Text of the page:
Julia Leonard (left) and Eric Leonard (right) in action during soccer games. Collegian file photo.
JOSHUA DOERING | STAFF REPORTER | email@example.com
Eric did what any young soccer player would do after seeing a ball on the ground. He kicked it, and ended up nailing his sister in the face.
He thought that Julia was crying because she got hit, but the headshot was not the source of the tears at all. The ball knocked her first tooth out, and she couldn’t find it.
“It’s a special thing,” Eric’s teammate, Eric Dick, said. “Lenny’s a huge family person, same with Julia for sure. He’s always talking to his family after the game, before the game.”
Eric has played 61 games in his Butler soccer career. His parents were at every single one.
Watching Eric take on St. John’s University Saturday night, Scot and Monica Leonard cheered on their son and his teammates, yelling words of encouragement. They gasped whenever a Bulldog went down with an injury and high-fived when Butler won in overtime for the fourth time in nine games.
Eric likes to keep his parents on the edge of their seats.
“It’s four years, but it’s a short window,” Scot said. “We agreed with one another and we said, ‘This four years, we’re gonna make some sacrifices.’”
The four-hour trip from their home in Palatine, Illinois, to Indianapolis or wherever the team plays is hard enough by itself.
Adding Julia’s 20 games to the mix creates even more of a logistical challenge for their parents. Still, they try to make it to as many games as possible.
“We want them both to know they’re equally as important,” Monica said. “They’ve both been very supportive of each other.”
The sacrifice the Leonards make are nothing new.
There was the time Eric got back from his high school prom at 1 a.m., only to be woken up again three hours later to drive to his game at 9 the next morning.
Or the prom when Eric’s date and her parents drove up to Milwaukee to come get him. She was dressed up and all ready to go when he hopped in the car, dripping with sweat after finishing a game.
There are countless weekends of splitting up, usually mom with Julia at her game, dad with Eric at his.
“They’ve just been there since day one,” Eric said of his parents. “They’re the reason why I’m the soccer player — and I’d say — the man I am today.”
“Don’t worry about it,’ Julia told her parents. “Go to Eric’s game. This is his last year here. I’ve got three more.”
Julia and Eric spent one year together at William Fremd High School before Eric headed to Butler.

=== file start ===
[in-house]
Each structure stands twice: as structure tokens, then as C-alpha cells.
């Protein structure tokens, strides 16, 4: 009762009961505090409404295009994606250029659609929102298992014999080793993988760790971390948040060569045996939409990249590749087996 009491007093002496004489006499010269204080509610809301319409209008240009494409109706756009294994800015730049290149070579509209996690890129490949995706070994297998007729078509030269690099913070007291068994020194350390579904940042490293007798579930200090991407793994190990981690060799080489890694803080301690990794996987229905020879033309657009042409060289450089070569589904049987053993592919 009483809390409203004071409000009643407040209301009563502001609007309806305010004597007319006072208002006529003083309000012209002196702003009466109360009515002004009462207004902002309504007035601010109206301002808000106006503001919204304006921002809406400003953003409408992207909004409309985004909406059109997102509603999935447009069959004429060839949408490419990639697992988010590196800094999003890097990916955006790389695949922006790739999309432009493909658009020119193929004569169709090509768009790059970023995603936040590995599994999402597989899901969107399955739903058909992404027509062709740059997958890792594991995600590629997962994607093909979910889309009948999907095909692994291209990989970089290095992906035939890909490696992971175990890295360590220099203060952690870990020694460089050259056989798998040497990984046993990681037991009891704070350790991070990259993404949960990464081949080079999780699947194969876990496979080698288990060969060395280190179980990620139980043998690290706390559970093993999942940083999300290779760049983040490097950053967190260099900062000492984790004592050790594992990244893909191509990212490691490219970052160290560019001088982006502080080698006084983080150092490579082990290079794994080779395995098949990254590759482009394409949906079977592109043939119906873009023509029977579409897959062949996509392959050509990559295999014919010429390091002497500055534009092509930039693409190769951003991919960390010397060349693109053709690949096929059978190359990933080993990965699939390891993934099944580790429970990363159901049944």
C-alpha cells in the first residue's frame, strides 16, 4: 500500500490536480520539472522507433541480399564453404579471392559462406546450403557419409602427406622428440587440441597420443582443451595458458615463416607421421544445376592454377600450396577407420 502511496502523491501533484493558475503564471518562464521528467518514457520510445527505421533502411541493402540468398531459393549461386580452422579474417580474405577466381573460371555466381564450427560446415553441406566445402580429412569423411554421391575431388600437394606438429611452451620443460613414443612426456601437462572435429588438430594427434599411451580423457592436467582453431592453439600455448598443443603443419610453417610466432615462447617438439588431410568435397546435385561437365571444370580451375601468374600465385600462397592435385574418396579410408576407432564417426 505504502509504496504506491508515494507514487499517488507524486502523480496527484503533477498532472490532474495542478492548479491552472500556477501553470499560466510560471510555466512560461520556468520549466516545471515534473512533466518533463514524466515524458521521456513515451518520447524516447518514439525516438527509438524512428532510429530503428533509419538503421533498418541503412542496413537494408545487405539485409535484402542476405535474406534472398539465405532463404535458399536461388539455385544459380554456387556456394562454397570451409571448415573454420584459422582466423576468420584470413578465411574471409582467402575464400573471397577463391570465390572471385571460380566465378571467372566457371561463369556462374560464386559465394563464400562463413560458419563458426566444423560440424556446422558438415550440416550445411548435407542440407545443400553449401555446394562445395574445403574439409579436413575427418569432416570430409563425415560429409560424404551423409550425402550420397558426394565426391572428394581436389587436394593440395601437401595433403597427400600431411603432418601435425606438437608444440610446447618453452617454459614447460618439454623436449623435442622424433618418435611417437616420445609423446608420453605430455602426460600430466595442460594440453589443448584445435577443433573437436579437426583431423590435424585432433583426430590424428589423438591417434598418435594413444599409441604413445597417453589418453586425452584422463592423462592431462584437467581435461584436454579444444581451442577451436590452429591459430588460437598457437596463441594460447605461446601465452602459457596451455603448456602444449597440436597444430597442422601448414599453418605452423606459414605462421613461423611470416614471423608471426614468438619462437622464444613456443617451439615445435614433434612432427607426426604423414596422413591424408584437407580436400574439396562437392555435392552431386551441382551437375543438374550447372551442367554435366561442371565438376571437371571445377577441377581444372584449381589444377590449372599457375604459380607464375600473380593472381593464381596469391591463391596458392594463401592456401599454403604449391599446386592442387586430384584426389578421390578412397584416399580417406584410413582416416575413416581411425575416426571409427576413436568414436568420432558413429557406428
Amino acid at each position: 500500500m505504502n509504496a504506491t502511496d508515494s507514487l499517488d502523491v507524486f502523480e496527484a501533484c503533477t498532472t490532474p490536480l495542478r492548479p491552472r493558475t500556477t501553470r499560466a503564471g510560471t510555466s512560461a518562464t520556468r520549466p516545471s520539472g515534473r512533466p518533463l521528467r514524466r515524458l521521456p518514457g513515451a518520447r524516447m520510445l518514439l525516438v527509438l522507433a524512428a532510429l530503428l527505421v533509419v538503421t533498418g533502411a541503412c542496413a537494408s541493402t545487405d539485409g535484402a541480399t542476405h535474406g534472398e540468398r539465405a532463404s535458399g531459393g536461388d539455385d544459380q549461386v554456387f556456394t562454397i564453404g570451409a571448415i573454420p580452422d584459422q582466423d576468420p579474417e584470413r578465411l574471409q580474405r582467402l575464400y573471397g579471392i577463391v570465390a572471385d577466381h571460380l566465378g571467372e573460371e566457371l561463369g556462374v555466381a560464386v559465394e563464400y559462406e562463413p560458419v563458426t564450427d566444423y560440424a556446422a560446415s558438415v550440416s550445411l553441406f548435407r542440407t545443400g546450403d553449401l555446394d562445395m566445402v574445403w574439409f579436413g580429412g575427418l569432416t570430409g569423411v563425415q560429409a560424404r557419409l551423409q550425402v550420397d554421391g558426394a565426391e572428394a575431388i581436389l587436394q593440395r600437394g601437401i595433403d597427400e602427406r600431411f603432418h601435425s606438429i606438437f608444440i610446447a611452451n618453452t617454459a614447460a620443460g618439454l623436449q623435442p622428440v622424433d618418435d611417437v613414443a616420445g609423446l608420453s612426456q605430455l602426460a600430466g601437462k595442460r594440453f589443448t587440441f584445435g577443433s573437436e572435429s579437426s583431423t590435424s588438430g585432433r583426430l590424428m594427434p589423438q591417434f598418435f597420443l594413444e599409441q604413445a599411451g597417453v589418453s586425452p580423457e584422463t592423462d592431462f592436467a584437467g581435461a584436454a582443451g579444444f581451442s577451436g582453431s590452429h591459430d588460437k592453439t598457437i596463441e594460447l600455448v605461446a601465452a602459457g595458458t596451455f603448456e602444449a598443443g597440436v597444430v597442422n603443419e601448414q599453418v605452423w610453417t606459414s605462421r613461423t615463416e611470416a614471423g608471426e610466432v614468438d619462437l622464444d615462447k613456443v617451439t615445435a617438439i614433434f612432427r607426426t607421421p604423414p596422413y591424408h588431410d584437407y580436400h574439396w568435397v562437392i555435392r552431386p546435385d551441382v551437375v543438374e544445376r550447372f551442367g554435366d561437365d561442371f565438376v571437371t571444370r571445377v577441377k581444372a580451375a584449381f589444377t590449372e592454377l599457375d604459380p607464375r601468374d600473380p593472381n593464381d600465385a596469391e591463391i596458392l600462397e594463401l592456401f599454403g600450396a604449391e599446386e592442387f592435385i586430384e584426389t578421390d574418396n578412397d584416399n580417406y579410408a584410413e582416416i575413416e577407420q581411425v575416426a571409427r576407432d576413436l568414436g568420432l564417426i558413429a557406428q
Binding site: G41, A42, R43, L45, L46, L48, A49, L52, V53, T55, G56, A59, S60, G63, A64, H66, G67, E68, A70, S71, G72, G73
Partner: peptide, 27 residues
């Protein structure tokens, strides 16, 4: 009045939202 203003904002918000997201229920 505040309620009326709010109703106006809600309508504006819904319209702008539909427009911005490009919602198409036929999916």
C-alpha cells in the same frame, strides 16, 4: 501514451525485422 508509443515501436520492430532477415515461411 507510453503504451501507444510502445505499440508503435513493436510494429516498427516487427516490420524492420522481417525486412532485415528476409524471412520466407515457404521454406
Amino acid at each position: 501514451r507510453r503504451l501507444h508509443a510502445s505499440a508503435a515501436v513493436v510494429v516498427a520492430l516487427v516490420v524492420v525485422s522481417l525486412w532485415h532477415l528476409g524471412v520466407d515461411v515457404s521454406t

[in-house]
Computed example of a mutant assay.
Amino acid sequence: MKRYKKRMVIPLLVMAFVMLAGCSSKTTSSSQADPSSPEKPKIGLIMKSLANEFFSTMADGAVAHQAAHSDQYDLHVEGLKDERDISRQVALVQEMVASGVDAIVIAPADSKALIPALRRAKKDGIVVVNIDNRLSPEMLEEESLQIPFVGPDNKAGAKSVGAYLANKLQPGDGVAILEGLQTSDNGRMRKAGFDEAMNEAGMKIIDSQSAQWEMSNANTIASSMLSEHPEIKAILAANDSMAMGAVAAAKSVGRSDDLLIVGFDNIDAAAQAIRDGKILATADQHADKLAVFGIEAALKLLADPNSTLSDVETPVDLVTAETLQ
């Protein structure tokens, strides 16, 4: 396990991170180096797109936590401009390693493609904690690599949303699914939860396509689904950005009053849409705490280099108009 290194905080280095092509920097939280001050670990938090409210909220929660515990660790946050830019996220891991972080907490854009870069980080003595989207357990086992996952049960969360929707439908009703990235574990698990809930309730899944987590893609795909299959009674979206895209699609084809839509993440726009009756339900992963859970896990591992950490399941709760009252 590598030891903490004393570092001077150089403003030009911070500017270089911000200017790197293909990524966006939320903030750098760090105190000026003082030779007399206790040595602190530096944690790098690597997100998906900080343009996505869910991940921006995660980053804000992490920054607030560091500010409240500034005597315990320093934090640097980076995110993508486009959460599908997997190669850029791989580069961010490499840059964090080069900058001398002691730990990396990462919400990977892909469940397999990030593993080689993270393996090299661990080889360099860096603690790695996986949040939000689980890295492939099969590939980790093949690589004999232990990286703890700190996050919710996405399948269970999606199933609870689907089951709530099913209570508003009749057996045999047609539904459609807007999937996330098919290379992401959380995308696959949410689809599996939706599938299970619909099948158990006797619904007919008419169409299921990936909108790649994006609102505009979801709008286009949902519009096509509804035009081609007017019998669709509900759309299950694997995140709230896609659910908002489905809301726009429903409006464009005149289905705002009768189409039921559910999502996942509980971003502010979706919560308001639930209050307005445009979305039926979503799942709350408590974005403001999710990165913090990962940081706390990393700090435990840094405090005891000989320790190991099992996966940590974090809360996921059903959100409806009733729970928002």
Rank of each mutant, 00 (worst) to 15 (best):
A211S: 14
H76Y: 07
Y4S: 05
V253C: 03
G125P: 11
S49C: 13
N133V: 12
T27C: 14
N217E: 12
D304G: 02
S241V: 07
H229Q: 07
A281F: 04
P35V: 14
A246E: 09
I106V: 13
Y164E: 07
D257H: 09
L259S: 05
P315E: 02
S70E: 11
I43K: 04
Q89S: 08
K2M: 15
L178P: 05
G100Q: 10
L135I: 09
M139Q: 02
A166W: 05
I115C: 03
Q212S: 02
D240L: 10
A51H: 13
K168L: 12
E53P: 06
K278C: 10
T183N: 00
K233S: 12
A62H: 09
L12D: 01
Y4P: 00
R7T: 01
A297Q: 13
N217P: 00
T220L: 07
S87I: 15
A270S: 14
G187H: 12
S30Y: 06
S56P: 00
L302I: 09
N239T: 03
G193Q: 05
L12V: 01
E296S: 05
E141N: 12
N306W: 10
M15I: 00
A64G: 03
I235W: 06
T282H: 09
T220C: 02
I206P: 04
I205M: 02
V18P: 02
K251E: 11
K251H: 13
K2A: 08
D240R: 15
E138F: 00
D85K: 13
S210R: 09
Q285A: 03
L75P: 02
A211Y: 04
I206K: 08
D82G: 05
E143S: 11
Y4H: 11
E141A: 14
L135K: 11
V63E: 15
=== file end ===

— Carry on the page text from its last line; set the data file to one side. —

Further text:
Even though they were in different states and time zones, Julia still kept close tabs on Eric’s soccer career and watched him become a member of the 2014 Big East All-Rookie Team. If she wasn’t at his games, she watched on the Big East Digital Network.
“The easiest way to say it is she’s probably my best friend,” Eric said. “We just competed against each other and just kind of worked off each other. She’s always been one of my number one supporters.”
Competition occasionally led to some tense moments between the Leonard siblings.
“The only time we ever took it out was on the soccer field, downstairs in the basement trying to play soccer,” Julia said. “That was our way, I guess, of getting aggression out on each other. We had a great relationship and our parents wanted to make sure we always had that.”
Scot cleared out an area in the back of the basement and put two mini soccer nets up. Eric would always win.
Basement pipes were broken. Tears were shed.
Once Julia went through the college selection process, her brother supported her no matter where she decided to go.
Eric found out Julia got accepted to Butler in true Leonard family fashion: talking to their parents after one of his games and a call from Julia.
“Honestly, that was one of the best moments of my life,” Eric said. “Just hearing that, I was so happy for her.”
Finally, he could let his true feelings show. The Leonard siblings were reuniting.
“I think [our parents] were pushing him to be neutral on it,” Julia said. “I think deep down, he was like, ‘Hey, come here.’”
At home, Eric and Julia would ask how they were doing and talk about life. Between classes and practices, the tradition continues at Butler, thanks to the campus Starbucks.
They’ll talk for 30 minutes or an hour, it doesn’t matter. They’re just checking in on each other. Topics span from updates on Eric’s student teaching to how both of them are doing physically and mentally.
“It’s nice to have one of my motivators, and one of my — I guess you could say heroes — here with me,” Julia said. “Always encouraging me to do more, be myself. Be my best self, I guess you could say, every day.”
Julia scored her first career goal against Chicago State University. Her brother is still without a goal this season.
“I was so happy for her,” he said. “But now we have one Leonard who can score. Now we need to get the other one to start scoring, too. But no — so happy. First collegiate goal. That’s an awesome mark in her career.”
The day will come when Eric won’t be able to get Starbucks with his “best friend” and Julia can’t head over to her “hero’s” apartment whenever she wants.
Julia and Eric are making the most of the time they have left together at Butler until that day comes.
There are still more soccer games to be played and more time to reminisce about broken pipes and lost teeth.